From AntiMedia, by Nadia Prupis
The U.S. Senate on Wednesday rejected a controversial bill that would have made labeling genetically modified organisms (GMOs) in food products voluntary. The bill needed 60 votes to pass and only received 44. Opponents of the bill have referred to it as the Deny Americans the Right to Know (DARK) Act and warned that it would favor corporations over consumers, who widely support labeling GMOs.
“Today, the Senate did the right thing,” said Wenonah Hauter, executive director of Food & Water Watch. “People want to know if the food they buy contains GMO ingredients. It’s time for Congress to create a mandatory on-package labeling requirement so people can decide for themselves whether they want to eat a food that has been produced using genetic engineering.”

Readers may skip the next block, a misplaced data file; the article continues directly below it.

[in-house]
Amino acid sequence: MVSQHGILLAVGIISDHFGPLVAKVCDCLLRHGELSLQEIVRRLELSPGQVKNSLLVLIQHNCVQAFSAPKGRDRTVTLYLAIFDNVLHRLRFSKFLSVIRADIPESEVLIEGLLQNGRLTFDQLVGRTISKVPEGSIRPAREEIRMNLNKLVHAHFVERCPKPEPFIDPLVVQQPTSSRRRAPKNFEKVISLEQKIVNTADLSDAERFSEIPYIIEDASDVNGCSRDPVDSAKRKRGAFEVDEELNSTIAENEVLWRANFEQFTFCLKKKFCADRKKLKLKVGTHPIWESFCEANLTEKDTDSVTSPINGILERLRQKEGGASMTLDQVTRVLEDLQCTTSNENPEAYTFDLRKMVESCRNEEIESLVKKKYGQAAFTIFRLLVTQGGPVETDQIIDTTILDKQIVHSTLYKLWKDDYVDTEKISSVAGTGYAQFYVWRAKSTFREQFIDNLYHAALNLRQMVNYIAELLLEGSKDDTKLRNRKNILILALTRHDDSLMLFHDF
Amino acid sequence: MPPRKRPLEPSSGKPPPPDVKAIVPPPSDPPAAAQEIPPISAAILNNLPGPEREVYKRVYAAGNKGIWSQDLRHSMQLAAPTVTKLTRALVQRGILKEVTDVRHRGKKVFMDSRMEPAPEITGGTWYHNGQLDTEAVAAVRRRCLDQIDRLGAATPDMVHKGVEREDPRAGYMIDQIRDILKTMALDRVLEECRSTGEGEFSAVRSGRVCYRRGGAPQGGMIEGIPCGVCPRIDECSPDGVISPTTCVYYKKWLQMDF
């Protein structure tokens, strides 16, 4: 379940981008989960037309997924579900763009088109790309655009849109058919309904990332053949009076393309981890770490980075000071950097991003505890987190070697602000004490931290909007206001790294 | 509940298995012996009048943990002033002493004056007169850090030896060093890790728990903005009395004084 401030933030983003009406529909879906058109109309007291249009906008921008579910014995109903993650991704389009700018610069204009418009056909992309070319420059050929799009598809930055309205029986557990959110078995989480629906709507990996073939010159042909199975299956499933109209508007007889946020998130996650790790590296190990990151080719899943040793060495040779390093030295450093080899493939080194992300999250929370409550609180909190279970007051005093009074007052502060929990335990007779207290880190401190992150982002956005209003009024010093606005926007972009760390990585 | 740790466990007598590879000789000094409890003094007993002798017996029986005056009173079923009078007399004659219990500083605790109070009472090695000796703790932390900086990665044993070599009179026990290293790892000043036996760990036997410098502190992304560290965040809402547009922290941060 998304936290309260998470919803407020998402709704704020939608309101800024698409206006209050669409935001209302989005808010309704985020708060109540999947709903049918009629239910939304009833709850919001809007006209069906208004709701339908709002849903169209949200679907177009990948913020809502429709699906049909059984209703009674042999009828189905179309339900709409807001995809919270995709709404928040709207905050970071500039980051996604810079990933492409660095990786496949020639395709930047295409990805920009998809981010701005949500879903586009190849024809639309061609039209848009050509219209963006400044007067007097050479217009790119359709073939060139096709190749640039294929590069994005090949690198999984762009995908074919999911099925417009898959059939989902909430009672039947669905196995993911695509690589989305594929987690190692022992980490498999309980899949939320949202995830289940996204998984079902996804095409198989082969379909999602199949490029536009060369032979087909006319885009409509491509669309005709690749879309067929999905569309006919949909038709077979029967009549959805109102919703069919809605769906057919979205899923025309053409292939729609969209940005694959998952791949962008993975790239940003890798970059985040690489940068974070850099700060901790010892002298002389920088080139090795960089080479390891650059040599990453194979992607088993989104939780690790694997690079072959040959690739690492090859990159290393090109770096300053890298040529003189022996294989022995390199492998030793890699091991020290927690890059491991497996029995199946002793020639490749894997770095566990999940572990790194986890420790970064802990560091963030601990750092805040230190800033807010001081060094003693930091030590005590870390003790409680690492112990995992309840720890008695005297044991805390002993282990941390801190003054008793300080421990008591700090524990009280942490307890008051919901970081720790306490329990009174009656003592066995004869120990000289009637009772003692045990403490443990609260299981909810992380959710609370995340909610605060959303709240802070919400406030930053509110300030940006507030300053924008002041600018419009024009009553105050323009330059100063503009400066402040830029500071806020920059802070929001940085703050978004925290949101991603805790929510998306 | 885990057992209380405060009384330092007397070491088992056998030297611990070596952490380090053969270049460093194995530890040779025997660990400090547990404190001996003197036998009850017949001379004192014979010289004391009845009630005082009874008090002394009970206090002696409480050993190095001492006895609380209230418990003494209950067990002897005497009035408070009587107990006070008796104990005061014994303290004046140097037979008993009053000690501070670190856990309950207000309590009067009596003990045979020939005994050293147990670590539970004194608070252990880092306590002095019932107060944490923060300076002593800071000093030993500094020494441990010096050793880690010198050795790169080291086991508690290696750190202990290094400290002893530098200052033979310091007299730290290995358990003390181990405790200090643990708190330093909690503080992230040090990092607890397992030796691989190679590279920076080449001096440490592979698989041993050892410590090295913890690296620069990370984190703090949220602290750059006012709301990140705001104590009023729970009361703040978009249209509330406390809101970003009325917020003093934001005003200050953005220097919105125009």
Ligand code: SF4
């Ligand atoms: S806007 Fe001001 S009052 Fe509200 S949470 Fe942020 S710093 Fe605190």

Andrew Kimbrell, executive director of the Center for Food Safety, said the vote was a “major victory for the…
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